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Batman and Robin Eternal #11 Review

Comic Books

Batman and Robin Eternal #11 Review

We switch writers once more and this time, Ed Brisson of Sheltered fame steps up to the plate to give lead writing a shot. What can he do with this weekly title? Is it good?

Batman and Robin Eternal #11 (DC Comics)

Batman and Robin Eternal #11 Review

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Lead writer: Ed Brisson
Other writers: Scott Snyder and James Tynion IV
Artists: Fernando Blanco and Christian Duce


Dick Grayson and Harper Row encounter a mysterious woman codenamed the Sculptor. She is the one who sculpts and molds people’s minds for Mother’s human trafficking operation. However, Sculptor wants to come clean and is offering up information on the truth about who Orphan is and the connection between Mother and Batman. Will our heroes like what they discover?

Spoiler Corner

With Grayson’s problematic hypno-implants in his head, the Sculptor and Harper sort of mind meld together so she can provide them the information. In Sculptor’s mind, she shows Harper Cassandra Cain’s own past. You see, David Cain is both her dad and Orphan himself. He works with Mother, but doesn’t really like her new techniques to mold and morph people into being what she wants them to be. He believes that the old ways, through extremely harsh and brutal trauma, are more effective and was set out to prove that point with Cassandra.

When David ultimately presents her to Mother, she gets angry at him for this betrayal, telling him to get with the times. He vows to prove to her that Cassandra can and will be useful. He just needs the right test for her.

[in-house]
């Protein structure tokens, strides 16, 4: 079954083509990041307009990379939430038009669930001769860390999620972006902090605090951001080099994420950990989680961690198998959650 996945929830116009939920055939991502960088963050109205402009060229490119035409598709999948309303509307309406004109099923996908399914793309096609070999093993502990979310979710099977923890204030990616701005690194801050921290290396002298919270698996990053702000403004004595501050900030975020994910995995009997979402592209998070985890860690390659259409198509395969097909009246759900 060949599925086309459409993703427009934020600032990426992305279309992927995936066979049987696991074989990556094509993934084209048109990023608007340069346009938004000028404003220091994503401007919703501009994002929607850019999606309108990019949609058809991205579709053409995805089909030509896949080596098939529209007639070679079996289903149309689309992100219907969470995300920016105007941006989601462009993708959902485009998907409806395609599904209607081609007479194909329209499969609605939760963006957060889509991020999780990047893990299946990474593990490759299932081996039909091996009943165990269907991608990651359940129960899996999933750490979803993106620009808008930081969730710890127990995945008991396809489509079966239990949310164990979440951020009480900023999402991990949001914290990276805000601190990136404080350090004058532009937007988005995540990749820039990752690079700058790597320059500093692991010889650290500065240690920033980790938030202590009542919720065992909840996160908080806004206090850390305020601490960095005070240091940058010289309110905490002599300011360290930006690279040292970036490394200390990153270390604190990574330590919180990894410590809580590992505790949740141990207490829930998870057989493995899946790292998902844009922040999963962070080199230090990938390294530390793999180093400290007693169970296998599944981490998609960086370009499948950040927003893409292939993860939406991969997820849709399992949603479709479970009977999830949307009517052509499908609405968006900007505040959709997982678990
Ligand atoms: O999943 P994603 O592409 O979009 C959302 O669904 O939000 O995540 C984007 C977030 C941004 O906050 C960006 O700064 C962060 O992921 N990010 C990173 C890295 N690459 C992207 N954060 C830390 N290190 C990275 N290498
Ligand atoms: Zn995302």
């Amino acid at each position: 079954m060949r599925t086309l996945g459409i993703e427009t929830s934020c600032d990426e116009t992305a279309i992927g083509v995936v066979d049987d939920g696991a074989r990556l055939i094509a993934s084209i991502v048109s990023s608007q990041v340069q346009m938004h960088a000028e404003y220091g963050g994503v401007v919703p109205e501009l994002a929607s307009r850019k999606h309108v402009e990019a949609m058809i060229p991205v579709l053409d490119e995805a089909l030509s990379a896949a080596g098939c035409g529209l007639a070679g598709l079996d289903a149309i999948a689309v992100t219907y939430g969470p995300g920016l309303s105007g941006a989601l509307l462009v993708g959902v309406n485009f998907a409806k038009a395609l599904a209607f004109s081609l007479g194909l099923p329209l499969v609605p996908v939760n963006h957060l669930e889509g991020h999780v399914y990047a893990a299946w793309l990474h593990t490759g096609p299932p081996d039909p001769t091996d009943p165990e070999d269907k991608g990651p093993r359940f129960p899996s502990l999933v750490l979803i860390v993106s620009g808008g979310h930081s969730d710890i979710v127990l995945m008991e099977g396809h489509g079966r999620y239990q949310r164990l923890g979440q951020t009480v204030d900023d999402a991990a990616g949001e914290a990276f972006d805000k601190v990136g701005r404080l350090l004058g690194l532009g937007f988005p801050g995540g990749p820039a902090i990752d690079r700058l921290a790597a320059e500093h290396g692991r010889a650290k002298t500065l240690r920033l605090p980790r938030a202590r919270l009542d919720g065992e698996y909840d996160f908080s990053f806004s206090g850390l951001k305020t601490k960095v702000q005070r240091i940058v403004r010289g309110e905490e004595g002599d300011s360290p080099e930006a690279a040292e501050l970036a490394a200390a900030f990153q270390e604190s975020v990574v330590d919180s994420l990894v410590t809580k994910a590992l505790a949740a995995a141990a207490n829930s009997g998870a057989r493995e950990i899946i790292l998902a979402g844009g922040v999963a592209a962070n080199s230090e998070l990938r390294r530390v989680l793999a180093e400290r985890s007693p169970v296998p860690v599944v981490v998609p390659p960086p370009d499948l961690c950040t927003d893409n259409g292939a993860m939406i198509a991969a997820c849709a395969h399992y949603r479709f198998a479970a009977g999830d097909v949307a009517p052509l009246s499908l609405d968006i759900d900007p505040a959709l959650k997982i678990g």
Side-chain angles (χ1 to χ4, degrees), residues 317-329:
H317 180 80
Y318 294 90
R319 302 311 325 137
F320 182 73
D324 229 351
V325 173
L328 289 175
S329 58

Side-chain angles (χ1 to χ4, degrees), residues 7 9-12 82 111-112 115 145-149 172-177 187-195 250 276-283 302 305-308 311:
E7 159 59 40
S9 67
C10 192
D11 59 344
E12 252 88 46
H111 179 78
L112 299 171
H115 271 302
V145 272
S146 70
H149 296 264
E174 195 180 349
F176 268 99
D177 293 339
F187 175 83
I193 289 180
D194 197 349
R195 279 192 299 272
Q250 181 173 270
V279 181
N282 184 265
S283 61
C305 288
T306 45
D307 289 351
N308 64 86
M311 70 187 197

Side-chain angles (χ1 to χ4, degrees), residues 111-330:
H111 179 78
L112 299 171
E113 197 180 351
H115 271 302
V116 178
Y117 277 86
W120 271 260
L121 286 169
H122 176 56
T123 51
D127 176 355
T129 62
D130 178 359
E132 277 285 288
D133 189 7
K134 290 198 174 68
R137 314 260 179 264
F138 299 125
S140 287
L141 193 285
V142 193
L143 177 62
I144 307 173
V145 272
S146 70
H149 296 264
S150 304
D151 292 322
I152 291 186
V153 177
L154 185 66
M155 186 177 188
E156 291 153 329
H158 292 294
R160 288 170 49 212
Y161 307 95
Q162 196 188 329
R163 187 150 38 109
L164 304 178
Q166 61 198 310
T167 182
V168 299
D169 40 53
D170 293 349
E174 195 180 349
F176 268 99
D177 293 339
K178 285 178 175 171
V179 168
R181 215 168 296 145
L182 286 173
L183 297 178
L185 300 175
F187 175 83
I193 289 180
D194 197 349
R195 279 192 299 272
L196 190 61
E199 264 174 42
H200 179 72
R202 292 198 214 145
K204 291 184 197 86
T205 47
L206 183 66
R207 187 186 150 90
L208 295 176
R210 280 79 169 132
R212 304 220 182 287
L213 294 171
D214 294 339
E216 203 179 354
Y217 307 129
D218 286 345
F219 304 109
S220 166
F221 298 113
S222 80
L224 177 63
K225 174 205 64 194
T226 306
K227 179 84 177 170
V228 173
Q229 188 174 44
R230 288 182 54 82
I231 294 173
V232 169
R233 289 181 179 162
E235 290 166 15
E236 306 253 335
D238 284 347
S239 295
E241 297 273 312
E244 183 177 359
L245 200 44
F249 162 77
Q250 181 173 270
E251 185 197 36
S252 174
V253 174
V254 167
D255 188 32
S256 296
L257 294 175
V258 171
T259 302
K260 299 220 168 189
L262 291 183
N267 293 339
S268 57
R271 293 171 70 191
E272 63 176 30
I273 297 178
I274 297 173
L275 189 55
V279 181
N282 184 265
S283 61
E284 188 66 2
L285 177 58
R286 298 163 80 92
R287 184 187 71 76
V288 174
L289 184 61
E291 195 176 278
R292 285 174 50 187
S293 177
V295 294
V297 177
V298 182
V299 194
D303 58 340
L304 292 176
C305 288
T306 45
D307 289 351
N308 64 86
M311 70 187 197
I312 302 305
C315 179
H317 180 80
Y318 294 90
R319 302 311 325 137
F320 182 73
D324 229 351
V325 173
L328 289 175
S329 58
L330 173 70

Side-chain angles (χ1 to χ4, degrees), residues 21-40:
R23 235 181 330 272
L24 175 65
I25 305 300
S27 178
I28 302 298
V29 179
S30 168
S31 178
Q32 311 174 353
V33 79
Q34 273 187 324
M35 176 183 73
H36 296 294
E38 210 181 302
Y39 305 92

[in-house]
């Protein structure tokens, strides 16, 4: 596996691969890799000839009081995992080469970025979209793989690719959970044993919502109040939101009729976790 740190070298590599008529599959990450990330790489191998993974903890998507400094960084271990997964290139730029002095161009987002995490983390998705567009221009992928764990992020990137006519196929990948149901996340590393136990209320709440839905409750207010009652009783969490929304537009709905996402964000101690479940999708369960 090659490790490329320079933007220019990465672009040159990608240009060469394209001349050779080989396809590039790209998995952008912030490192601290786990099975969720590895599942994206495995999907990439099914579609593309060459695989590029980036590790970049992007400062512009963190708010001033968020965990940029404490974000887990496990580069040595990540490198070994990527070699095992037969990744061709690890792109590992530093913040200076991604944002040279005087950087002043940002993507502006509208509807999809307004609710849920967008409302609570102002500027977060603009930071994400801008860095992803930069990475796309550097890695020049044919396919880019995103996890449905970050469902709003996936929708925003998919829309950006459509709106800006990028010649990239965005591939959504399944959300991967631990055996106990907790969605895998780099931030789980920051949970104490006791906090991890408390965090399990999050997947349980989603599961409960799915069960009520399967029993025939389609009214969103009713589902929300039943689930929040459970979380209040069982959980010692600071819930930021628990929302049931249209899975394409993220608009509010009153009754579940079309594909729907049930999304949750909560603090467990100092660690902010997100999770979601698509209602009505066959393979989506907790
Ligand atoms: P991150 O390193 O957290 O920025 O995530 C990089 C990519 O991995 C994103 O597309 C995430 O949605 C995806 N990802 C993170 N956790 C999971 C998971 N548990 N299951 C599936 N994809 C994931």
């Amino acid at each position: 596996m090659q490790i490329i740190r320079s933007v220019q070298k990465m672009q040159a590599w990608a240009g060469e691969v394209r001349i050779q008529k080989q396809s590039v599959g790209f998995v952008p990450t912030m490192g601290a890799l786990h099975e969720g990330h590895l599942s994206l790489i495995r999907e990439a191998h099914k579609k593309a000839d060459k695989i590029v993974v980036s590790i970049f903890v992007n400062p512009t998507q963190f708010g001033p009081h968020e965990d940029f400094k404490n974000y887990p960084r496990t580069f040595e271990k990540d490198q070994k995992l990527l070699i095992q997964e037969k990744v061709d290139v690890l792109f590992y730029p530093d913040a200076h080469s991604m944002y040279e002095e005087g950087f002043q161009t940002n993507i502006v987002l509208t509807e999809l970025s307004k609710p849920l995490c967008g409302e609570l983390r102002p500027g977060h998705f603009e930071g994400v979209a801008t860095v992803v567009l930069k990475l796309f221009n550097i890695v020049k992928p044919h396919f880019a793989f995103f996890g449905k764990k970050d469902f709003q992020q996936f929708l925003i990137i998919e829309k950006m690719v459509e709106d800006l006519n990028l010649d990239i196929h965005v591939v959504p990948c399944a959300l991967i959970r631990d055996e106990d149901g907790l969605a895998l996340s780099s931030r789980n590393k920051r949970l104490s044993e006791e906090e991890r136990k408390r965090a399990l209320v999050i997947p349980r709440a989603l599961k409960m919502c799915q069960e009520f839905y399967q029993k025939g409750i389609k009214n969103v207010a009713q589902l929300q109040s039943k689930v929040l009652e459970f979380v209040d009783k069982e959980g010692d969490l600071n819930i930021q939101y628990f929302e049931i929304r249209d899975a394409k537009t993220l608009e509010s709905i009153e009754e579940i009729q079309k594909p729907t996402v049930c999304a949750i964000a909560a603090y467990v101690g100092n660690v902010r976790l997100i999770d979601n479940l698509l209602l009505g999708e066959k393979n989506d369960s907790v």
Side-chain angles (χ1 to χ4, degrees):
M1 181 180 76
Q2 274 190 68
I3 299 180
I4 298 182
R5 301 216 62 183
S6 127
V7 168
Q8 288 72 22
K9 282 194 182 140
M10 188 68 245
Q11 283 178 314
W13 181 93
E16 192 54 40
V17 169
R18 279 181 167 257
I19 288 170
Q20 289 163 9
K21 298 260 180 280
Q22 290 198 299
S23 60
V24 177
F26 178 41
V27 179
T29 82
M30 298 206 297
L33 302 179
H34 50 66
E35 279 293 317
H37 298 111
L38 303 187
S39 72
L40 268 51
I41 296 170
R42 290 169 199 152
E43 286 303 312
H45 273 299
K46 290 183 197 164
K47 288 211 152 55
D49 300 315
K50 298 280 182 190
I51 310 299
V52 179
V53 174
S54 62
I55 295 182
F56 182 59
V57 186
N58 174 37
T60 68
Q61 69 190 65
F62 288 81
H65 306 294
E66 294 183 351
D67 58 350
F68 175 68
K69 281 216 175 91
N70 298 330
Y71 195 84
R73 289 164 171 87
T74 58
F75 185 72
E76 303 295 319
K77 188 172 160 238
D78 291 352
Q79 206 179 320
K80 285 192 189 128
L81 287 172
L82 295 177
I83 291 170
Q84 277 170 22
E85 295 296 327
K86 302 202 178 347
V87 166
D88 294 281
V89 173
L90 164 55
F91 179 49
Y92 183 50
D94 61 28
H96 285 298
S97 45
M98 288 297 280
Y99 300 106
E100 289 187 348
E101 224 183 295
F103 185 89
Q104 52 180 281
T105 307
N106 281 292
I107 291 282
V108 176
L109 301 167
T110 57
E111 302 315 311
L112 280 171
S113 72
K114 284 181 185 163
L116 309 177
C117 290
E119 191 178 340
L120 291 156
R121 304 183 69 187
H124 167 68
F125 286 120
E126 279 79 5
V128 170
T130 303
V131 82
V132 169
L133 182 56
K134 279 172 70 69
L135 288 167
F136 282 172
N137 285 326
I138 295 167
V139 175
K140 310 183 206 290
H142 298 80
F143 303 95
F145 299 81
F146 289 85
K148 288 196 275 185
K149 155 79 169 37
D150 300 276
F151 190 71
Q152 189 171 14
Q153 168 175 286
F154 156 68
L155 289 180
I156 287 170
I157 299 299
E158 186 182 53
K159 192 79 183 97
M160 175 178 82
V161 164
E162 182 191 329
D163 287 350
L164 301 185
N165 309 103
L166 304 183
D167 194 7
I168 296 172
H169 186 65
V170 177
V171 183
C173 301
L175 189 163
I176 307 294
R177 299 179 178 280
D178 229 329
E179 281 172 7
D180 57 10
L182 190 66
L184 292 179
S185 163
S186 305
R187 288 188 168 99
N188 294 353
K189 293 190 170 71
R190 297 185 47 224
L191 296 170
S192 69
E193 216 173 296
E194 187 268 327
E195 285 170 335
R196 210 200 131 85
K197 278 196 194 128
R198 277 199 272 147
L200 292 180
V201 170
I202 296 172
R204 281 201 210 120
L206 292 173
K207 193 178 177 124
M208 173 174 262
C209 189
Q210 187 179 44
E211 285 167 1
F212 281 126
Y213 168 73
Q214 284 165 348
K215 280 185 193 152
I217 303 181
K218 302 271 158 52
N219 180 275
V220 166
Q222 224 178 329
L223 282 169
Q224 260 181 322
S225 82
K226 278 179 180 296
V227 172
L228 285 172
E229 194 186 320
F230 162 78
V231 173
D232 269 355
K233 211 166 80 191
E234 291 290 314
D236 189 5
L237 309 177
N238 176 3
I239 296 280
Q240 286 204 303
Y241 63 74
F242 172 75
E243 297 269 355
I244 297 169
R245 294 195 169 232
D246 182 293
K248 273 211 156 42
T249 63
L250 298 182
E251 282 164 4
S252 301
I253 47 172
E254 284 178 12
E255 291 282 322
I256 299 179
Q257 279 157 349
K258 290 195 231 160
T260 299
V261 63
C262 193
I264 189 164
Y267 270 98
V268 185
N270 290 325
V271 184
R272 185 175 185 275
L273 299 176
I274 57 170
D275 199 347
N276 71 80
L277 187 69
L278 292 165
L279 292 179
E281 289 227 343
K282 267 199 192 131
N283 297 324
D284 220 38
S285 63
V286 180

While transitioning to another memory, Sculptor accidently shows Harper a strange memory that involves Cassandra in Gotham. Apparently, the girl was forced to kill someone, but Harper can’t get a good look at who. Before the memory ends, Cassandra can be seen crying over what she has done.

Eventually, the Sculptor shows Harper a memory where both Batman and Mother are talking. It apparently looks like he wanted to buy a specifically created Robin from her. However, the memory train ends when Grayson stops the two when it looks like Harper’s physical body is in pain from this mind melding.

The issue ends with Harper revealing what she knows to Grayson, who is shocked by this revelation about Batman. He tries forcing the Sculptor to show him this memory, but things go haywire when his hypnos and her powers activate at the same time.


After two issues of weak writing and lacking artwork, this was a much need breath of fresh air. We get some more development with the plot, backstory for Orphan and Cassandra Cain, and the writing in general felt improved. There are some questionable story decisions and a plot point that looks like it is setting up to be a twist (though if it is, it’s WAY too blatantly obvious). Otherwise, Ed Brisson really did a great job on handling the plot and keeping things interesting.

The same goes for his writing. Good characterization (iffy plot choices aside), the dialogue was more enjoyable to read, the pacing and storytelling were much smoother, and the ending seems to have much more potential than the last. Helping it along is the inclusion of two good artists in Blanco and Duce, whose styles are much nicer and more interesting to look at. Blanco is great with the minor action and layouts, while Duce’s style just looks nice paired with a good inker and colorist helping him out. Overall, this was a greatly improved and enjoyable issue.

Most Memorable Moment

Batman and Robin Eternal #11 Review
Also, yes. It is totally your hair.

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